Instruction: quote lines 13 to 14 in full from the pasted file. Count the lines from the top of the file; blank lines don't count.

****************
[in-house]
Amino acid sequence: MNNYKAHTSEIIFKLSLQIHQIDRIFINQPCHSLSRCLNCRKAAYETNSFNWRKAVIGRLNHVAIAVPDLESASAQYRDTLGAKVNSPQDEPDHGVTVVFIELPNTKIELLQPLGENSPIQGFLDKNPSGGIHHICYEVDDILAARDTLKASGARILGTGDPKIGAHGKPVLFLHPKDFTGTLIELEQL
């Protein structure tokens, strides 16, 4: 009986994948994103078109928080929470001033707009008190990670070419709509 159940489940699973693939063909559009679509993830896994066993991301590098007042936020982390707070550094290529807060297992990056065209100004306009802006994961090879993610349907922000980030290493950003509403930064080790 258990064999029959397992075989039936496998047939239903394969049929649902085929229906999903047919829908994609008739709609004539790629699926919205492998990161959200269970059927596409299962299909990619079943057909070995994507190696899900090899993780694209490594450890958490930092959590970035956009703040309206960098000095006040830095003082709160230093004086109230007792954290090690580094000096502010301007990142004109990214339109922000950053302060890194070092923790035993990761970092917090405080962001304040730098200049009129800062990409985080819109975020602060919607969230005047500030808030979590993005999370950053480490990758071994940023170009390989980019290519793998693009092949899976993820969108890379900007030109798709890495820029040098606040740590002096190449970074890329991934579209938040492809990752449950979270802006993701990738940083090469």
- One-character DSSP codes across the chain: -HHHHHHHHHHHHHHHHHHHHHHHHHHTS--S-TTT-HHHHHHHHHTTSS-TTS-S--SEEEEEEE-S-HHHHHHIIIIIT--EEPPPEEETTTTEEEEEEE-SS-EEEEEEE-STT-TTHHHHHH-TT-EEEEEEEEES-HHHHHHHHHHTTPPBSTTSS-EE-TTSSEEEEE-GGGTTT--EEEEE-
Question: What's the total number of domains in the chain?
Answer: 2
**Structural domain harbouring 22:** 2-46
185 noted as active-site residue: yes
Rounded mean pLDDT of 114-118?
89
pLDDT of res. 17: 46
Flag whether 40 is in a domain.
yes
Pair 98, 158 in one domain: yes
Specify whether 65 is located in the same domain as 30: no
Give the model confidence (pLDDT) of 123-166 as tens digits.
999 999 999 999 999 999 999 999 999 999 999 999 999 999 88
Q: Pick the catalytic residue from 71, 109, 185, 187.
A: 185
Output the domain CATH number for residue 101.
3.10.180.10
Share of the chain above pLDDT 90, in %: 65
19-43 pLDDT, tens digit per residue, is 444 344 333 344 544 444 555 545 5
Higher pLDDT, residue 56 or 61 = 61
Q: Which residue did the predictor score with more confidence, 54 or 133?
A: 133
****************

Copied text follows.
yes
Pair 98, 158 in one domain: yes